A drive on Capitol Reef National Park’s popular scenic route and a short hike in the Capitol Gorge Area.

If you haven’t read my previous post about the less visited part of Capitol Reef National Park, be sure to check it out. The Cathedral District is remote and remarkable.

Utah Highway 24 and the Scenic Drive

There are only two main paved roads inside Capitol Reef National Park, Utah Highway 24 and the Scenic Drive. When most visitors arrive in Capitol Reef, they either come through the east entrance on Utah-24 from Hanksville or the west entrance from Torrey. If you enter the park from the east side, you will be greeted by spectacular golden-colored rock cliffs and domes. If you enter the park from the west side, your first impression of Capitol Reef will be intense red sandstones and beautiful rock formations. Fantastic from either direction.

The Scenic Drive begins from the visitor center. Entrance Fees (currently $15 for a private vehicle) are charged only for traveling the Scenic Drive beyond the Fruita Campground. The drive is 8 miles one-way. Both Utah-24 in the park and the Scenic Drive are extremely photogenic. They are full of ooh-and-ahh-inducing views. So take your time, stop at every pullouts, and enjoy the views.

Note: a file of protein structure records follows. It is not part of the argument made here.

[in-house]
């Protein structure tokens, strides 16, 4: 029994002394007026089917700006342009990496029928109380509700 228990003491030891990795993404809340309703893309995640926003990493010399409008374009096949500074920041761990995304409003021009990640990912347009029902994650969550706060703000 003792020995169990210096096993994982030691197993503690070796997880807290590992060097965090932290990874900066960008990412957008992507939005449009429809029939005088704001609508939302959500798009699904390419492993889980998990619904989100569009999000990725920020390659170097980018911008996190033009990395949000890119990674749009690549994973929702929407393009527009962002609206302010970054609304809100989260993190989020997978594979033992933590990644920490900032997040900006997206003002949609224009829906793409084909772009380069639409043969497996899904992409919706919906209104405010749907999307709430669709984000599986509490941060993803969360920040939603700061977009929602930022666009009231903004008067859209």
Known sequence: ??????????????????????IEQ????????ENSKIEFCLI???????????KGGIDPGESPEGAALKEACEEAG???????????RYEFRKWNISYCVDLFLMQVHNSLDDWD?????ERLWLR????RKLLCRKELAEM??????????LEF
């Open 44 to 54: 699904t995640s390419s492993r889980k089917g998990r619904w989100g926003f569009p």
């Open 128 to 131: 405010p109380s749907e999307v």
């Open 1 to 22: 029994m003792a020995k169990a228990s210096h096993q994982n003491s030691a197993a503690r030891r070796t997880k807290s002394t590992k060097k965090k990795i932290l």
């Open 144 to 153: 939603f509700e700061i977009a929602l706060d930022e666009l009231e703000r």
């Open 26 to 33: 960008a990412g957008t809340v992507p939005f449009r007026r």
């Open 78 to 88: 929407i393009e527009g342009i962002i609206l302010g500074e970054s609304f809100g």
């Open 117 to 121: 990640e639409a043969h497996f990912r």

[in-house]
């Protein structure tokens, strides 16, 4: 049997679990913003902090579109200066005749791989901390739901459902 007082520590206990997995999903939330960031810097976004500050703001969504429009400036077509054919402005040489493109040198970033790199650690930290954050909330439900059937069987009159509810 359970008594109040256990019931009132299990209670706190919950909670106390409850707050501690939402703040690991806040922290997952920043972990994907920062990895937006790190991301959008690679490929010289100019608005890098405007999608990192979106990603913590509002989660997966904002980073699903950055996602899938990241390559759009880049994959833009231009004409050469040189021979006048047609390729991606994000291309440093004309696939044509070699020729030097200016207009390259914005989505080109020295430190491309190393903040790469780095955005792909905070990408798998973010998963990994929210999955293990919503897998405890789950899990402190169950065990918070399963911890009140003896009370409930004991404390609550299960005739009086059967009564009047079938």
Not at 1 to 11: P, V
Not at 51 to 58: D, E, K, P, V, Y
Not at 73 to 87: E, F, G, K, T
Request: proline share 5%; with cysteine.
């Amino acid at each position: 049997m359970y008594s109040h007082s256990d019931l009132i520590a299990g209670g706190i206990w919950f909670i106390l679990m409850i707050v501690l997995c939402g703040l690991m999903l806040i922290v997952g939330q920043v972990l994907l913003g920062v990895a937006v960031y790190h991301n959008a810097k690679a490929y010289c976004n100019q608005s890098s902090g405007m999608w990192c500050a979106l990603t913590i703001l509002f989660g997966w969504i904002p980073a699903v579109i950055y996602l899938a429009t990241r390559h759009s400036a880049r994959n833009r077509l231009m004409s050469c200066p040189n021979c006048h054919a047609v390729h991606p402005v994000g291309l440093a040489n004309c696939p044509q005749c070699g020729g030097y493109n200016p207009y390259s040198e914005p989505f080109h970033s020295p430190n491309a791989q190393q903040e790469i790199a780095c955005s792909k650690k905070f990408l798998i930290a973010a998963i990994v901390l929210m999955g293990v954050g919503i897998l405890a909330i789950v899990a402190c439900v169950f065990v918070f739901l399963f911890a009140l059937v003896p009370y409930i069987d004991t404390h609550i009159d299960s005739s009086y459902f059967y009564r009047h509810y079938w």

Highway 24 from the east entrance of Capitol Reef National Park
Golden-colored sandstones are everywhere.
Highway 24 west of the visitor center. Red sandstone formations dominate the area.
Highway 24 from the west entrance, looking east
A panorama of the same location in the above picture
One of giant Fremont Cottonwood trees (Populus fremontii) in the Historic Fruita District
The Capitol Reef’s Scenic Drive
The Grand Wash, a side unpaved road. Cliffs and canyons are tall and massive here. It’s difficult to adequately capture in pictures.